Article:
I know that many mums who have mental health struggles also struggle with bonding and attachment. At times, during PND it was very hard to feel anything positive at all, even love for Nursling 1. But somehow, sometimes, breastfeeding seemed to have the power to break through that, particularly when she would then contentedly fall asleep on me, affection for her would rush back. I think it helped her form a secure attachment too.

At times not even breastfeeding could shift the dark cloud, and sometimes at those times I didn’t want to feed her at all. I didn’t want to touch her at all. I found a way to breastfeed her, side-lying so that only her mouth was touching me, nothing else.

Breastfeeding was an anchor to my baby. At times, when all I really wanted to do was run away, I told myself that she needed me to feed her, at least for the first 6 months, and after that point I told myself she wasn’t ready to give it up yet. And just knowing that in at least one way I was most definitely wanted and needed by her helped me to keep pushing on.

As the depression began to lift and I began to enjoy her more and more, breastfeeding still remained a way to keep us close, even when after falling pregnant and my supply dropped, it wasn’t providing much in the way of nutrition.

Then, when the depression came back later in pregnancy, it once again helped me feel affection for her again when I felt the worst. It also helped launch labour, and then softened the blow of having to share me with another little person once Nursling 2 came along.


Getting the Pencils Out

Today was the first time since I left Helen Mayo House that I got the pencils out and drew a picture. It has been a long time coming. I started drawing as a sort of documentation of my mental health journey when I was pregnant with nursling 2. Sometimes a drawing helps me to express what is going on for me mentally and emotionally in a way that I can’t do with words, particularly when I am mentally unwell. Then, I find, having gotten these things out of my head and onto paper I am better able to explain what the drawing is about that I was able to verbalise what was going on for me in the first place.

As well as helping me to express myself, drawing has also been a great method of self care, as it allows me some time to myself, is relaxing and enjoyable. It works for me much the same way as a walk by the beach, a hot shower (or cool at this time of year) or baking a batch of biscuits. Needless to say, I did a lot of drawing and colouring when I was in Helen Mayo House. As well as passing the time, it helped me to begin to recover.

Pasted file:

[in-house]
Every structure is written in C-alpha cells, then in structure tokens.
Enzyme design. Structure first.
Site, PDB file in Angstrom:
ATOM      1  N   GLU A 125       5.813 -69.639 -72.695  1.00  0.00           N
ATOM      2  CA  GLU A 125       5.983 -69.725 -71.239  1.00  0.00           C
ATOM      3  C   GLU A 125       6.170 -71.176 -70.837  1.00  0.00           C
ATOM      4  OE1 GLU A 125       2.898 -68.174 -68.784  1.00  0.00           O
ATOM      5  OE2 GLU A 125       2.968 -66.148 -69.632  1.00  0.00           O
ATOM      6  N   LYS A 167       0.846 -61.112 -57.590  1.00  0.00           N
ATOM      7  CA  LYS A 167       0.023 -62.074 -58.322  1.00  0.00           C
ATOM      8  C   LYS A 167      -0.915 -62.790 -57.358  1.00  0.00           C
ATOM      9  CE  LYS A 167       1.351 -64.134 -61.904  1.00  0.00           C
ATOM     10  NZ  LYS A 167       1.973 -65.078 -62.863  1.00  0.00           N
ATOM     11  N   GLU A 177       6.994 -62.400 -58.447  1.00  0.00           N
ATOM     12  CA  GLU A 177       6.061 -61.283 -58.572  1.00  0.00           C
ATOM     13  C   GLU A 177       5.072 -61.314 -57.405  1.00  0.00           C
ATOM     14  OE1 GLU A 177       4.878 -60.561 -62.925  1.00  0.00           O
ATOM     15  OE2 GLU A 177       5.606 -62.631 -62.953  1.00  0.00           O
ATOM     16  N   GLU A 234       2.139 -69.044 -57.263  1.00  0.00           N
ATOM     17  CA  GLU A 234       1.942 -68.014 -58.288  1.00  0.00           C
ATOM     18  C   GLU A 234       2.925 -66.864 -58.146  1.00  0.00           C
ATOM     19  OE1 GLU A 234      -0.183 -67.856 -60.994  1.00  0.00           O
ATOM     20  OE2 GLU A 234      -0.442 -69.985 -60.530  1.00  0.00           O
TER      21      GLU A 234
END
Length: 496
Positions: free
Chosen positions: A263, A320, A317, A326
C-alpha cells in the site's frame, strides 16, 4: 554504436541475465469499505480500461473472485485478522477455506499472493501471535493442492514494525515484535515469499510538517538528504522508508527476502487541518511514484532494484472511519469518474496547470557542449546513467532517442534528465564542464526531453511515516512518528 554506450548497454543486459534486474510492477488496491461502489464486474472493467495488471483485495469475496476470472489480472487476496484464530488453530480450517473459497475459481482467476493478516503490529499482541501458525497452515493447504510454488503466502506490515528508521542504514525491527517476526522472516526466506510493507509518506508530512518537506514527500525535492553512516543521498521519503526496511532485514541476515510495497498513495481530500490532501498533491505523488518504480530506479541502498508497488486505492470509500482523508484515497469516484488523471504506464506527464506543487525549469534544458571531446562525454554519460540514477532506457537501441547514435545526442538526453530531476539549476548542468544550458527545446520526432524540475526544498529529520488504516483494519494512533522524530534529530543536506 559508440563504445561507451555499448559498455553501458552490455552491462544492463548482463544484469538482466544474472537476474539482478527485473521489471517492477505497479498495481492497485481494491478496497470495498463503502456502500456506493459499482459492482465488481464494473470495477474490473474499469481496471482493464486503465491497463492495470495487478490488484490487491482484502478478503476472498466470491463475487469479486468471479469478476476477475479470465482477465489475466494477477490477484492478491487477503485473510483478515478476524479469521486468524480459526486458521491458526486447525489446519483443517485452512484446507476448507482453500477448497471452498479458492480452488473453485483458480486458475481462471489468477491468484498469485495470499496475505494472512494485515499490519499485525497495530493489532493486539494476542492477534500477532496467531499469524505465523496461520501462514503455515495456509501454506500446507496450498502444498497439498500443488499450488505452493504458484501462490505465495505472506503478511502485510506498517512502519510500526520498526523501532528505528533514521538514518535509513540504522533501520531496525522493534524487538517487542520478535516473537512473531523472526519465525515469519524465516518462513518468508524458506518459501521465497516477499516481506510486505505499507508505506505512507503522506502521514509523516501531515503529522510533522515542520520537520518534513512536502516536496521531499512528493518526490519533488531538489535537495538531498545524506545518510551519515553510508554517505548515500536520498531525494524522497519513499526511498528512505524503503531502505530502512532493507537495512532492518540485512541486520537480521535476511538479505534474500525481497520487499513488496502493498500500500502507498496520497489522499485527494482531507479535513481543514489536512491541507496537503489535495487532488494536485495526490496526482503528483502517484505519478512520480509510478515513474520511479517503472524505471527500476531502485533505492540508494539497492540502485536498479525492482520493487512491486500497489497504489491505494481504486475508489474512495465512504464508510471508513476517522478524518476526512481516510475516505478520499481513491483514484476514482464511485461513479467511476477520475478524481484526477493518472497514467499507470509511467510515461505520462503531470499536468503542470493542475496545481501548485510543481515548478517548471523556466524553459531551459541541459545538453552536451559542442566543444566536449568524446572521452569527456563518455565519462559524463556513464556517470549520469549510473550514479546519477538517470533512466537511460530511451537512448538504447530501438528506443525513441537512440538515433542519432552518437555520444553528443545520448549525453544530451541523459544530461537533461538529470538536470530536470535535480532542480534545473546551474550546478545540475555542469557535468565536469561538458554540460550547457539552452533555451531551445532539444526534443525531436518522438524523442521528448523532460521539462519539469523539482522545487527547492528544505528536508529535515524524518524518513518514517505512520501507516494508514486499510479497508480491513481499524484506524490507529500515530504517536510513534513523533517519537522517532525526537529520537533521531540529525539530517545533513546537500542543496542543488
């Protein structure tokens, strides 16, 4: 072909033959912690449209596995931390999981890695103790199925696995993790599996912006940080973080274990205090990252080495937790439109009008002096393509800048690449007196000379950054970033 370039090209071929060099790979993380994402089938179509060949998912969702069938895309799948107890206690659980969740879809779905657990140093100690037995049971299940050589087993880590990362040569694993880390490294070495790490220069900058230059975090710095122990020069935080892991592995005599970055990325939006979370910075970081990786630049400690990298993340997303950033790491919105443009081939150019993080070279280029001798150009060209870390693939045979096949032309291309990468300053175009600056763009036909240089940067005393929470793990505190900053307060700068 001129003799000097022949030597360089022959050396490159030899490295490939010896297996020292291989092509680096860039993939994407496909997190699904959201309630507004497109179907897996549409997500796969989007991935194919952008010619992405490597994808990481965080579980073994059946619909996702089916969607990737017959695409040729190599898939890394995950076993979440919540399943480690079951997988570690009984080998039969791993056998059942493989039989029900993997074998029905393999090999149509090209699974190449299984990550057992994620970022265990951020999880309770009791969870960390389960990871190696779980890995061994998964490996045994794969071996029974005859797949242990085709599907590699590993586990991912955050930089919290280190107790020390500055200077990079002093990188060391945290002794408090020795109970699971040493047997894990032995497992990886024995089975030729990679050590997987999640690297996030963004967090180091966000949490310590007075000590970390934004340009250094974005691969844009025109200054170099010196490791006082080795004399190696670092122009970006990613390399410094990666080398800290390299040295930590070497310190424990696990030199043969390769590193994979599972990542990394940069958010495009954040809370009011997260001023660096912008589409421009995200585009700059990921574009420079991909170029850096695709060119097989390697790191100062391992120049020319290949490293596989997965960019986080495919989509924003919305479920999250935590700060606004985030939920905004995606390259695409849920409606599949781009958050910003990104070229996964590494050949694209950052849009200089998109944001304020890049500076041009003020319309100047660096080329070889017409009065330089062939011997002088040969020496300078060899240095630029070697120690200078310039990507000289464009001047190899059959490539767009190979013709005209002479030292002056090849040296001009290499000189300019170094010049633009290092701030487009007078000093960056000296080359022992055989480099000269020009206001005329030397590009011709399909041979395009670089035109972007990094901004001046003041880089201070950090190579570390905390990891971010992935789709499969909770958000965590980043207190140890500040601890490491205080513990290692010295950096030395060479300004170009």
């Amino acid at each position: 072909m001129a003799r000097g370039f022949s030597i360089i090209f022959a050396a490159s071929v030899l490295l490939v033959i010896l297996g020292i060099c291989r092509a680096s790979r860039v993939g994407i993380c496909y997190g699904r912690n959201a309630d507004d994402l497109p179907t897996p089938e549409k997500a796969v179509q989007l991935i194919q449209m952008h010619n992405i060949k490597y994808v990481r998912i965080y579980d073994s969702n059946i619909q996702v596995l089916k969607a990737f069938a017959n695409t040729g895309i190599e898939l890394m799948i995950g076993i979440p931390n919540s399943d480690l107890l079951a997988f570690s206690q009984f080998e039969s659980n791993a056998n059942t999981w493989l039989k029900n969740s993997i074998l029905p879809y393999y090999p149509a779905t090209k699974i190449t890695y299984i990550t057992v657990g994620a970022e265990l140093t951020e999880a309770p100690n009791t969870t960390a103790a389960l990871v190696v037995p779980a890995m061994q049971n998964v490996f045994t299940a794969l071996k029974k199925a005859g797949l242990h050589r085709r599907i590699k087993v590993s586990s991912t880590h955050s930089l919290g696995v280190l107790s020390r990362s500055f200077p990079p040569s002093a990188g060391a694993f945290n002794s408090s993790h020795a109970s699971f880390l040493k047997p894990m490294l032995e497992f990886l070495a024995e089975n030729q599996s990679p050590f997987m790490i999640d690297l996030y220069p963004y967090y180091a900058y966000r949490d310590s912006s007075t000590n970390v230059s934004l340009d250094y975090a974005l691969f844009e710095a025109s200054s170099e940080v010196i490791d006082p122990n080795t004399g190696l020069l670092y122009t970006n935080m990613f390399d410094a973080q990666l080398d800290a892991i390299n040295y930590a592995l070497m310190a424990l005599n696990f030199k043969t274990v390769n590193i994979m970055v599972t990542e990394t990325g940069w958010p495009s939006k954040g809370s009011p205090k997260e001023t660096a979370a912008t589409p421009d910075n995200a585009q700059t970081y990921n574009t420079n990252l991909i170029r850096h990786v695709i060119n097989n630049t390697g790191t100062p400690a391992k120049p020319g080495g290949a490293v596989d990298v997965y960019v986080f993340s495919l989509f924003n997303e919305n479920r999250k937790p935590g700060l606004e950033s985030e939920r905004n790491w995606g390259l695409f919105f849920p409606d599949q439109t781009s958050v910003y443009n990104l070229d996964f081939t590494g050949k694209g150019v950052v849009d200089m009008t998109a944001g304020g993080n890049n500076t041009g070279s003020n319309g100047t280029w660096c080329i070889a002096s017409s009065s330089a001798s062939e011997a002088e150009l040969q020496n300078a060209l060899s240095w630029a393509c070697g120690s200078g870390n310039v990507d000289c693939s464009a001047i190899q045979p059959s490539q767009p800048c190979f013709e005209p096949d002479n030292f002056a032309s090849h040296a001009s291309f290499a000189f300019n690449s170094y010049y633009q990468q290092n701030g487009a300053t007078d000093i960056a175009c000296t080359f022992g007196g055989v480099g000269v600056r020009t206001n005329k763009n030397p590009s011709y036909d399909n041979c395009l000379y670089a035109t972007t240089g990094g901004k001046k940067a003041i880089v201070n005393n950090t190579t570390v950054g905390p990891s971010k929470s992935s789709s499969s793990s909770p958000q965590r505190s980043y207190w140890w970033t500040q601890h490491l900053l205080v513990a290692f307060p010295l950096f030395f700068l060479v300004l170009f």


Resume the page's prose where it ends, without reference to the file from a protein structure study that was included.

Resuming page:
Here are a few of the drawings that I have done over time (please be kind, I am very much an amateur):

long road to wellness.jpg

The Long Road to Wellness

anchored by God through the storm.jpg

Rocked by the Storms of Life, Anchored by God


Drifting Through Life

Drawing isn’t for everyone, but everyone goes through stress and tough times. Please be kind to yourself. Take time to care for yourself because it’s the only way you’ll find the energy to keep caring for others.

This Is My Story

This week, 13-19 November, is Perinatal Depression and Anxiety Awareness week.

After experiencing mental illness after the births of both of my children, perinatal mental health is a subject close to my heart. Although much is changing, and campaigns such as Perinatal Depression and Anxiety Awareness week are increasing awareness within the community and beginning to break down barriers, there is still much stigma, misinformation and lack of awareness that still needs addressing. It is very common for parents (yes, dads too!) to experience mental illness during pregnancy and after baby is born. Sadly, many mums and dads still find it hard to speak up about it. All new parents need support to stay mentally and emotionally healthy, and those that do experience mental illness need extra support on their road to recovery.

Like many women, I found it hard to speak up about my own experiences with mental illness after my first daughter was born, and chose to share my struggles with only a few people for quite some time. Closer to the birth of my second daughter I plucked up the courage to share with my church. As you may expect it became impossible to keep it under wraps any longer once I was admitted to Helen Mayo house with Puerperal Psychosis when my second daughter was almost 2 months.

Today I want to share with you my own experiences with perinatal mental illness. I hope that by doing so I can help to create awareness, reduce stigma, help anyone out there who might be struggling now to feel less alone, and help break down the barriers that are making it hard for parents to speak up.